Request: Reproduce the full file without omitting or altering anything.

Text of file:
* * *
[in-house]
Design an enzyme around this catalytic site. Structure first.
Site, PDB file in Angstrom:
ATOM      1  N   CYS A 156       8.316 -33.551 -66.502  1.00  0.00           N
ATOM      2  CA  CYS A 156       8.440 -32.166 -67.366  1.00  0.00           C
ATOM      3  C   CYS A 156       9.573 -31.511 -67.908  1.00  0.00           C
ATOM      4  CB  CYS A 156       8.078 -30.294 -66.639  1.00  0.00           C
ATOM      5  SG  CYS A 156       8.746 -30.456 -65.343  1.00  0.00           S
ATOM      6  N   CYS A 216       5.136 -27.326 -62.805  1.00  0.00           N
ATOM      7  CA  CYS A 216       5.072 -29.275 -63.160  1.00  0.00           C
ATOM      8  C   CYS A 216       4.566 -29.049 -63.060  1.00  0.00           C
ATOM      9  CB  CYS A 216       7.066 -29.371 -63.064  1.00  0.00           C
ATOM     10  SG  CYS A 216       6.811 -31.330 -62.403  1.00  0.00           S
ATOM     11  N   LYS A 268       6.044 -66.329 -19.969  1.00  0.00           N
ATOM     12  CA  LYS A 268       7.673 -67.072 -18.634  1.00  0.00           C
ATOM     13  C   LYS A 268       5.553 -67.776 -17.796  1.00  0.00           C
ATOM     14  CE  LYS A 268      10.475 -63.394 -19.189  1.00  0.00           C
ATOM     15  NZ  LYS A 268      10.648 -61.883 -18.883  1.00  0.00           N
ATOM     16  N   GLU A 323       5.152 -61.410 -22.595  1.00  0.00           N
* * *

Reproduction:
[in-house]
Design an enzyme around this catalytic site. Structure first.
Site, PDB file in Angstrom:
ATOM      1  N   CYS A 156       8.316 -33.551 -66.502  1.00  0.00           N
ATOM      2  CA  CYS A 156       8.440 -32.166 -67.366  1.00  0.00           C
ATOM      3  C   CYS A 156       9.573 -31.511 -67.908  1.00  0.00           C
ATOM      4  CB  CYS A 156       8.078 -30.294 -66.639  1.00  0.00           C
ATOM      5  SG  CYS A 156       8.746 -30.456 -65.343  1.00  0.00           S
ATOM      6  N   CYS A 216       5.136 -27.326 -62.805  1.00  0.00           N
ATOM      7  CA  CYS A 216       5.072 -29.275 -63.160  1.00  0.00           C
ATOM      8  C   CYS A 216       4.566 -29.049 -63.060  1.00  0.00           C
ATOM      9  CB  CYS A 216       7.066 -29.371 -63.064  1.00  0.00           C
ATOM     10  SG  CYS A 216       6.811 -31.330 -62.403  1.00  0.00           S
ATOM     11  N   LYS A 268       6.044 -66.329 -19.969  1.00  0.00           N
ATOM     12  CA  LYS A 268       7.673 -67.072 -18.634  1.00  0.00           C
ATOM     13  C   LYS A 268       5.553 -67.776 -17.796  1.00  0.00           C
ATOM     14  CE  LYS A 268      10.475 -63.394 -19.189  1.00  0.00           C
ATOM     15  NZ  LYS A 268      10.648 -61.883 -18.883  1.00  0.00           N
ATOM     16  N   GLU A 323       5.152 -61.410 -22.595  1.00  0.00           N